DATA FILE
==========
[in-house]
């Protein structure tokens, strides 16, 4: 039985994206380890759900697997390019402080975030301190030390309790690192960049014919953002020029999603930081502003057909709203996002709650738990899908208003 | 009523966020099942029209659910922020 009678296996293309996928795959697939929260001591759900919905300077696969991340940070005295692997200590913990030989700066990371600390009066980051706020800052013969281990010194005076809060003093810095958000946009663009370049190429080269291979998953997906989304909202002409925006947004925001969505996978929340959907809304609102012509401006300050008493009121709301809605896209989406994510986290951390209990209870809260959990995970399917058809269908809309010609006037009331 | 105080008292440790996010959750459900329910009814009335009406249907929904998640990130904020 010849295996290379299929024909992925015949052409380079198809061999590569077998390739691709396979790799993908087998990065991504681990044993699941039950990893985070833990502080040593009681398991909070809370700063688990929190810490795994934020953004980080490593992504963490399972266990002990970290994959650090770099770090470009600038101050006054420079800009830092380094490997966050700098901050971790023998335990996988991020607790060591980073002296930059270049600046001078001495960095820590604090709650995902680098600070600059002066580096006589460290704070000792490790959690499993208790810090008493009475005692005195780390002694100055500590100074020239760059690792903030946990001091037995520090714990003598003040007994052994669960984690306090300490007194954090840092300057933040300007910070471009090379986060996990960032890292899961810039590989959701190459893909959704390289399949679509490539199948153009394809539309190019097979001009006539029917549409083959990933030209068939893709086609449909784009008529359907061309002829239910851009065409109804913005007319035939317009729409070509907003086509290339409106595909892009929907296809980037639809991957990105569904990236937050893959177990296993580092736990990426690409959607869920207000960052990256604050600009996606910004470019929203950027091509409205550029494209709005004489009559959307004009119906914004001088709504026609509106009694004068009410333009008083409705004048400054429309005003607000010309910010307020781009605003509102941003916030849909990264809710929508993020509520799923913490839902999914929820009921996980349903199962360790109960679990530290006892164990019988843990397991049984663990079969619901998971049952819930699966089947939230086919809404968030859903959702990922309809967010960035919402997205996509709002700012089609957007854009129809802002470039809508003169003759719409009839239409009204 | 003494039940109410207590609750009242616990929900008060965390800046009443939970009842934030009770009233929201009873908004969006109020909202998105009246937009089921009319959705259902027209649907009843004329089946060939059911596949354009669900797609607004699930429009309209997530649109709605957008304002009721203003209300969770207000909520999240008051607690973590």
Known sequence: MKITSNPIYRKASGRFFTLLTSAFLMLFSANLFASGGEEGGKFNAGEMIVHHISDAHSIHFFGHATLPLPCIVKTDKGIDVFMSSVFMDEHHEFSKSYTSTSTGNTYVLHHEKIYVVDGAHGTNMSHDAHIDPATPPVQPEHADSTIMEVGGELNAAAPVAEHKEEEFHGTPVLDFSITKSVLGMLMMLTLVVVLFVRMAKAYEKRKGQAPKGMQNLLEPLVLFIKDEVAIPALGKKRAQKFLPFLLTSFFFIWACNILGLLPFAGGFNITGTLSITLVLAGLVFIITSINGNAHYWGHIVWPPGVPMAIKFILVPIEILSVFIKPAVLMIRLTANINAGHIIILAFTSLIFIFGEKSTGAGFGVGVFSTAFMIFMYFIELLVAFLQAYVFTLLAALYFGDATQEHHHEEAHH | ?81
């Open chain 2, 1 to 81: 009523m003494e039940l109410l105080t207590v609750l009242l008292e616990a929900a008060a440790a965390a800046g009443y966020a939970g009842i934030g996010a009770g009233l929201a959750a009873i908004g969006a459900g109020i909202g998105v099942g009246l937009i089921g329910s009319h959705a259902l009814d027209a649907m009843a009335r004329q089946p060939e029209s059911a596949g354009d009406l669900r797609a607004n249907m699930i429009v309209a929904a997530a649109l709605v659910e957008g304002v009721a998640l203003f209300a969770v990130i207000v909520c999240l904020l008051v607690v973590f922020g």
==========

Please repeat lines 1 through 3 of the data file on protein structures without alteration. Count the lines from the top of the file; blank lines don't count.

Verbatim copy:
[in-house]
């Protein structure tokens, strides 16, 4: 039985994206380890759900697997390019402080975030301190030390309790690192960049014919953002020029999603930081502003057909709203996002709650738990899908208003 | 009523966020099942029209659910922020 009678296996293309996928795959697939929260001591759900919905300077696969991340940070005295692997200590913990030989700066990371600390009066980051706020800052013969281990010194005076809060003093810095958000946009663009370049190429080269291979998953997906989304909202002409925006947004925001969505996978929340959907809304609102012509401006300050008493009121709301809605896209989406994510986290951390209990209870809260959990995970399917058809269908809309010609006037009331 | 105080008292440790996010959750459900329910009814009335009406249907929904998640990130904020 010849295996290379299929024909992925015949052409380079198809061999590569077998390739691709396979790799993908087998990065991504681990044993699941039950990893985070833990502080040593009681398991909070809370700063688990929190810490795994934020953004980080490593992504963490399972266990002990970290994959650090770099770090470009600038101050006054420079800009830092380094490997966050700098901050971790023998335990996988991020607790060591980073002296930059270049600046001078001495960095820590604090709650995902680098600070600059002066580096006589460290704070000792490790959690499993208790810090008493009475005692005195780390002694100055500590100074020239760059690792903030946990001091037995520090714990003598003040007994052994669960984690306090300490007194954090840092300057933040300007910070471009090379986060996990960032890292899961810039590989959701190459893909959704390289399949679509490539199948153009394809539309190019097979001009006539029917549409083959990933030209068939893709086609449909784009008529359907061309002829239910851009065409109804913005007319035939317009729409070509907003086509290339409106595909892009929907296809980037639809991957990105569904990236937050893959177990296993580092736990990426690409959607869920207000960052990256604050600009996606910004470019929203950027091509409205550029494209709005004489009559959307004009119906914004001088709504026609509106009694004068009410333009008083409705004048400054429309005003607000010309910010307020781009605003509102941003916030849909990264809710929508993020509520799923913490839902999914929820009921996980349903199962360790109960679990530290006892164990019988843990397991049984663990079969619901998971049952819930699966089947939230086919809404968030859903959702990922309809967010960035919402997205996509709002700012089609957007854009129809802002470039809508003169003759719409009839239409009204 | 003494039940109410207590609750009242616990929900008060965390800046009443939970009842934030009770009233929201009873908004969006109020909202998105009246937009089921009319959705259902027209649907009843004329089946060939059911596949354009669900797609607004699930429009309209997530649109709605957008304002009721203003209300969770207000909520999240008051607690973590």
Known sequence: MKITSNPIYRKASGRFFTLLTSAFLMLFSANLFASGGEEGGKFNAGEMIVHHISDAHSIHFFGHATLPLPCIVKTDKGIDVFMSSVFMDEHHEFSKSYTSTSTGNTYVLHHEKIYVVDGAHGTNMSHDAHIDPATPPVQPEHADSTIMEVGGELNAAAPVAEHKEEEFHGTPVLDFSITKSVLGMLMMLTLVVVLFVRMAKAYEKRKGQAPKGMQNLLEPLVLFIKDEVAIPALGKKRAQKFLPFLLTSFFFIWACNILGLLPFAGGFNITGTLSITLVLAGLVFIITSINGNAHYWGHIVWPPGVPMAIKFILVPIEILSVFIKPAVLMIRLTANINAGHIIILAFTSLIFIFGEKSTGAGFGVGVFSTAFMIFMYFIELLVAFLQAYVFTLLAALYFGDATQEHHHEEAHH | ?81